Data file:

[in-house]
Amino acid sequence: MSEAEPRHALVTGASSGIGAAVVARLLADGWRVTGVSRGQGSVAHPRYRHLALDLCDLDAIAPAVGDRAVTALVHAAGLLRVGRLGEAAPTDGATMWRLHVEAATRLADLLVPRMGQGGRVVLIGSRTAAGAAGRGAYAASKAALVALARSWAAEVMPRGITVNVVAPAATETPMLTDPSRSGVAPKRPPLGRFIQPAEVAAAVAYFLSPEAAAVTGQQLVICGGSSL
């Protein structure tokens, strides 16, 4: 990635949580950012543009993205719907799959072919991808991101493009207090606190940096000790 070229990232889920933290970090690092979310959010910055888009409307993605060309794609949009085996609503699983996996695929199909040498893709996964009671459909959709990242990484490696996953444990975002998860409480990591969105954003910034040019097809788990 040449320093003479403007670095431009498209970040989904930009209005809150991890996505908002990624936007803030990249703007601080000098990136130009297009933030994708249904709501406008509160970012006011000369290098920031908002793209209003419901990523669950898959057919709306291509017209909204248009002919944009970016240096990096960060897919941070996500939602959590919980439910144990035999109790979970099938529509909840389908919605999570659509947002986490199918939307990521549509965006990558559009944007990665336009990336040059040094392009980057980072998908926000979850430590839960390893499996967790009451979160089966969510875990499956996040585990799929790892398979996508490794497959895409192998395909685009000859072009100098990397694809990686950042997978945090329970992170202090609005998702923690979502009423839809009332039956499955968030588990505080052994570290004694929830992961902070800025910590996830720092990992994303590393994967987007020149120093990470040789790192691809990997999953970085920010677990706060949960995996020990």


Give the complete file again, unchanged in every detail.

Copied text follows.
[in-house]
Amino acid sequence: MSEAEPRHALVTGASSGIGAAVVARLLADGWRVTGVSRGQGSVAHPRYRHLALDLCDLDAIAPAVGDRAVTALVHAAGLLRVGRLGEAAPTDGATMWRLHVEAATRLADLLVPRMGQGGRVVLIGSRTAAGAAGRGAYAASKAALVALARSWAAEVMPRGITVNVVAPAATETPMLTDPSRSGVAPKRPPLGRFIQPAEVAAAVAYFLSPEAAAVTGQQLVICGGSSL
């Protein structure tokens, strides 16, 4: 990635949580950012543009993205719907799959072919991808991101493009207090606190940096000790 070229990232889920933290970090690092979310959010910055888009409307993605060309794609949009085996609503699983996996695929199909040498893709996964009671459909959709990242990484490696996953444990975002998860409480990591969105954003910034040019097809788990 040449320093003479403007670095431009498209970040989904930009209005809150991890996505908002990624936007803030990249703007601080000098990136130009297009933030994708249904709501406008509160970012006011000369290098920031908002793209209003419901990523669950898959057919709306291509017209909204248009002919944009970016240096990096960060897919941070996500939602959590919980439910144990035999109790979970099938529509909840389908919605999570659509947002986490199918939307990521549509965006990558559009944007990665336009990336040059040094392009980057980072998908926000979850430590839960390893499996967790009451979160089966969510875990499956996040585990799929790892398979996508490794497959895409192998395909685009000859072009100098990397694809990686950042997978945090329970992170202090609005998702923690979502009423839809009332039956499955968030588990505080052994570290004694929830992961902070800025910590996830720092990992994303590393994967987007020149120093990470040789790192691809990997999953970085920010677990706060949960995996020990």